This year’s outbreak has been the largest and longest ever experienced in the UK and in many parts of Europe, with more than 120 cases so far in this country.
Dr Alastair Ward, Associate Professor of Biodiversity and Ecosystem Management at Leeds University, said in past years “a few tens of birds” had tested positive, and the number of cases so far this season were “unheard of”.
He said: “You’d normally expect to see it peak over the winter months as the virus comes in from Eurasia and you’d expect it to peter out and gradually disappear during the spring. It might be spending the summer in Europe, which it hasn’t done before.
“We’re continuing to see suspect cases in wild birds...it could still be around. We certainly have evidence of bird flu throughout Europe, Eurasia and North America so it is probably fair to say it is approaching a pandemic and there are worrying levels seen in wild bird populations.”
There are many strains of the influenza virus, which comes from the same family as the one that causes Covid. Like Covid they mutate, adapt and evolve very quickly.
Dr Ward, part of a new consortium given £1.5m taxpayers’ money to come up with strategies to tackle outbreaks, is looking at whether he can set up an early warning system to alert farmers to put bio-security measures in place before the first outbreaks are spotted, using the carcases of dead birds shot on the Humber, the Wash, the Solway Firth and Lancashire coast.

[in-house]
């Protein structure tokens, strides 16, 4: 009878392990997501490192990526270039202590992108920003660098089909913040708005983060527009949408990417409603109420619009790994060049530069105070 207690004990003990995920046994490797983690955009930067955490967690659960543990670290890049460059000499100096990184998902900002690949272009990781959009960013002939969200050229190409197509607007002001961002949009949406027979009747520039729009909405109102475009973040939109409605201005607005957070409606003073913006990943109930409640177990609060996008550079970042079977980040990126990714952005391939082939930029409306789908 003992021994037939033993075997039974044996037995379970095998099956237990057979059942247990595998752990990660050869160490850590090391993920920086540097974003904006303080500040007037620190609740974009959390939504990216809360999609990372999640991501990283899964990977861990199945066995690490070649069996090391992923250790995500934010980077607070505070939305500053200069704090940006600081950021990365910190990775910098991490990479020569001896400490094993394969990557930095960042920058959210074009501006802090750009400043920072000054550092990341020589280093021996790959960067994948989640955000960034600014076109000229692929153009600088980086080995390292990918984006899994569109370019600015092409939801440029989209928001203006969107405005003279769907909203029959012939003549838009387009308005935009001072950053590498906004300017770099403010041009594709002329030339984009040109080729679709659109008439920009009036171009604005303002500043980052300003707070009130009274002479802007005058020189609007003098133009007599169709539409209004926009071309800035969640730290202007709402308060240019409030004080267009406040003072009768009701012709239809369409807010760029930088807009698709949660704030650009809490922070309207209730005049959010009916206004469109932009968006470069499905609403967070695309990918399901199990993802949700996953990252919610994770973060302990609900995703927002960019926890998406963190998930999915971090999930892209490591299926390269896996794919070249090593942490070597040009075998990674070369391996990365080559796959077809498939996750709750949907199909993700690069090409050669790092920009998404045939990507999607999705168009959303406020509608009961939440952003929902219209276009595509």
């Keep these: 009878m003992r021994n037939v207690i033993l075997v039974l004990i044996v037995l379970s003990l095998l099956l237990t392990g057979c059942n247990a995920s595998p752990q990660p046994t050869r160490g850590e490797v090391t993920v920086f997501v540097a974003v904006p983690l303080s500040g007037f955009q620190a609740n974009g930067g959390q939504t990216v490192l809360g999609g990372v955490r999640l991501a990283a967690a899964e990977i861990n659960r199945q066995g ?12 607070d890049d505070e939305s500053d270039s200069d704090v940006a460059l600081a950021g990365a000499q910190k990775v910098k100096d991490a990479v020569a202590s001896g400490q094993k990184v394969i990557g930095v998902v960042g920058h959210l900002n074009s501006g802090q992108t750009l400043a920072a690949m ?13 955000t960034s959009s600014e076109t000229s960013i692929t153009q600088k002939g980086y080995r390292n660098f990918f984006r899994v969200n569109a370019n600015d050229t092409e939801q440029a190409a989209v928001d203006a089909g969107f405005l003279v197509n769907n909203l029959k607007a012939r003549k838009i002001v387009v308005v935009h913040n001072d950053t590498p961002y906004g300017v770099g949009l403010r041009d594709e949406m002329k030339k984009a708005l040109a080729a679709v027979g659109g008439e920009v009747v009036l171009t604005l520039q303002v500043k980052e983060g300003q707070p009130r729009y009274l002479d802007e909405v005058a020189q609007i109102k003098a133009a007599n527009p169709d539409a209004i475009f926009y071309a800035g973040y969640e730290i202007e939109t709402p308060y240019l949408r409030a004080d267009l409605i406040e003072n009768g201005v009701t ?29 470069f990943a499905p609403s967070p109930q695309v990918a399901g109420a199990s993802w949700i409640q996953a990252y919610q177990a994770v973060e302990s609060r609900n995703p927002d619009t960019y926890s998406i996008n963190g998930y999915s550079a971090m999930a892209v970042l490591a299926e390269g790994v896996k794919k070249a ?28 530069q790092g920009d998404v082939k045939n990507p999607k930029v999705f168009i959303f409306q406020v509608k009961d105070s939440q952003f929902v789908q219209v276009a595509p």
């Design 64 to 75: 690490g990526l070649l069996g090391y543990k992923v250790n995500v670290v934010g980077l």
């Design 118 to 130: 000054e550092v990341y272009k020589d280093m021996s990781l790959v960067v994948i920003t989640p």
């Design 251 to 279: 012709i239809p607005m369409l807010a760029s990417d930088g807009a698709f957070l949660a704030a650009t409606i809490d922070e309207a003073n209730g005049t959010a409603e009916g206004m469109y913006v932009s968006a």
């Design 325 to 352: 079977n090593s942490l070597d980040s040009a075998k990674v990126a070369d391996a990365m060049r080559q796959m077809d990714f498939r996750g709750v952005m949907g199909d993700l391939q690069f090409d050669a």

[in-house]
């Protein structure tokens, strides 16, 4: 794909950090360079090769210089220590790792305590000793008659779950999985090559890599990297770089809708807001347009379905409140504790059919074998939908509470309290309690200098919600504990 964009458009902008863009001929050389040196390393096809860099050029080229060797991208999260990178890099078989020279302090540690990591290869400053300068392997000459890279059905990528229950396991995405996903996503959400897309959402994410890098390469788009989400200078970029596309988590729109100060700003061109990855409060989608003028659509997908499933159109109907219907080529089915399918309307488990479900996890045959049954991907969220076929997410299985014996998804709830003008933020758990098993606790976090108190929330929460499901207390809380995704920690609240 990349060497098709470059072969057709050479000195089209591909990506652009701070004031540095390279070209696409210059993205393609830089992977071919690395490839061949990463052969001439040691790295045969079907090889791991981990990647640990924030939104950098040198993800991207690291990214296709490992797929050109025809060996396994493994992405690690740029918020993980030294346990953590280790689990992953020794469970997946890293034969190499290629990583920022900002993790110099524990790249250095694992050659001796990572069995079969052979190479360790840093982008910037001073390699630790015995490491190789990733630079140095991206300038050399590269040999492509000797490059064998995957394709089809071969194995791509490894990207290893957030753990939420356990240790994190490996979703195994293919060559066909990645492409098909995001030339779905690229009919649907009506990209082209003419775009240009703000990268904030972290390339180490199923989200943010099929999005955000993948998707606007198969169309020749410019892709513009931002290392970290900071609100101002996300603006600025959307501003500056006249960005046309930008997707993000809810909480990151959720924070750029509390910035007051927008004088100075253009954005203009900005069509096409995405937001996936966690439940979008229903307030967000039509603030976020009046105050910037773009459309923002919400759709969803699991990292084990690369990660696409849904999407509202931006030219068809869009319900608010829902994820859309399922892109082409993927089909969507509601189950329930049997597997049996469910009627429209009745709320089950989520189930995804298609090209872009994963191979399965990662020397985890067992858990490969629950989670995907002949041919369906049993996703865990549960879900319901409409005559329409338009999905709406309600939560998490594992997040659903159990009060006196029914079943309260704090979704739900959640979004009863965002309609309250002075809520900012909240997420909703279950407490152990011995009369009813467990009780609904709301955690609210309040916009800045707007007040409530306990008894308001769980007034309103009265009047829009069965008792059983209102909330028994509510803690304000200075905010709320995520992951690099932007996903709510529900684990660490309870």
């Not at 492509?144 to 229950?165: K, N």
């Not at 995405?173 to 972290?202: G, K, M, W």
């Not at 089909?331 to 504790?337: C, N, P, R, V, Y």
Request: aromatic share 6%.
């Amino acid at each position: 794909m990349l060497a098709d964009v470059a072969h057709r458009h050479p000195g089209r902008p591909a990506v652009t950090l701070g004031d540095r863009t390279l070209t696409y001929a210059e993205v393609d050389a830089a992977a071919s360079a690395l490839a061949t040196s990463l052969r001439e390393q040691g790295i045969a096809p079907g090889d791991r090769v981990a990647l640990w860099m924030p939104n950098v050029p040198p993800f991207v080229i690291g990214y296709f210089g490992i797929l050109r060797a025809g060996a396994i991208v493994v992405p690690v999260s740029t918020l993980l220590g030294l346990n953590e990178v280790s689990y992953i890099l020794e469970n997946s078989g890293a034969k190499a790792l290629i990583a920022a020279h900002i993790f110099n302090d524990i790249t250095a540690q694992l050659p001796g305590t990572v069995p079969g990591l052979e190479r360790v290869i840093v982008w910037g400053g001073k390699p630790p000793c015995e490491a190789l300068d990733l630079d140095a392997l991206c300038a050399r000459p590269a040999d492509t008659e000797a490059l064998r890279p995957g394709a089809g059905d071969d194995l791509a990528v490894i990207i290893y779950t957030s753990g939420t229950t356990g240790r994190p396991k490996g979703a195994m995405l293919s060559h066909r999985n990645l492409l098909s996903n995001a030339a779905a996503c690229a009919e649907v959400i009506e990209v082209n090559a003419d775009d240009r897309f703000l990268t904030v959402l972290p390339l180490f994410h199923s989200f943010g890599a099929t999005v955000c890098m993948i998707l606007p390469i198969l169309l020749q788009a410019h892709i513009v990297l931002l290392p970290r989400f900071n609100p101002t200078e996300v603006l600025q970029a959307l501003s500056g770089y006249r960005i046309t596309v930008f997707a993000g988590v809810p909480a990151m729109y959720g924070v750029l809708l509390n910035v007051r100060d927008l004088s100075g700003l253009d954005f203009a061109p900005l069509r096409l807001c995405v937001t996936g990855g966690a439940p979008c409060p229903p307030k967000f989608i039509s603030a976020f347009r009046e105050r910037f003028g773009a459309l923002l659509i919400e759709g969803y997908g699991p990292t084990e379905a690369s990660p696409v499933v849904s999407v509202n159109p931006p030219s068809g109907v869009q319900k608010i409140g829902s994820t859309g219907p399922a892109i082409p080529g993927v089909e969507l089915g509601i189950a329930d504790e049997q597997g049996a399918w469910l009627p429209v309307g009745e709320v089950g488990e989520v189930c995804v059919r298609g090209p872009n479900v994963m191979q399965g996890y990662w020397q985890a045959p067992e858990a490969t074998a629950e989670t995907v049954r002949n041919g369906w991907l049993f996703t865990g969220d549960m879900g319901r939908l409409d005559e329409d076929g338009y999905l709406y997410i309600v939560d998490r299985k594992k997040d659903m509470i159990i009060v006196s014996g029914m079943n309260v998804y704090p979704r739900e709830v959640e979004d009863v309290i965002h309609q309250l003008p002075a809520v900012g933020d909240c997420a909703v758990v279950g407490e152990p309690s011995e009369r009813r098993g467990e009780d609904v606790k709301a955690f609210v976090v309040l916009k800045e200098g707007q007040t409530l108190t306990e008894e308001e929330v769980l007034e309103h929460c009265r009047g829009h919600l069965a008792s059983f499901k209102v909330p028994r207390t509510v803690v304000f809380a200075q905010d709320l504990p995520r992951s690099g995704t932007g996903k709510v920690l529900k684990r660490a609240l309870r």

Bird flu is most commonly found in ducks, geese and swans and when the shooting season begins this September, wildfowlers will be asked to swab carcases and send the samples for testing at the Animal and Plant Health Agency at Weybridge, Surrey.
During the 2020/2021 season a teal shot on the Humber tested positive and then a similar strain appeared in Kent. A widgeon, also shot on the Humber, was found with a highly pathogenic strain (the potential for the virus to kill chickens) which later appeared in Cheshire.
Dr Ward said the current outbreak alone was likely to have cost more than £100m, and early warnings could result in massive savings, including a big reduction in the numbers of domestic birds slaughtered to try and control the disease.
He added: “It’s a big worry for conservation; there are potentially wild birds dying off and these are populations already under significant pressure from another raft of things. It is also worrying for the poultry industry. Since hunters lawfully shoot several thousand ducks and geese in the UK each year, these could offer an excellent resource for testing for the disease.
“This is what we are seeking to evaluate during our study.”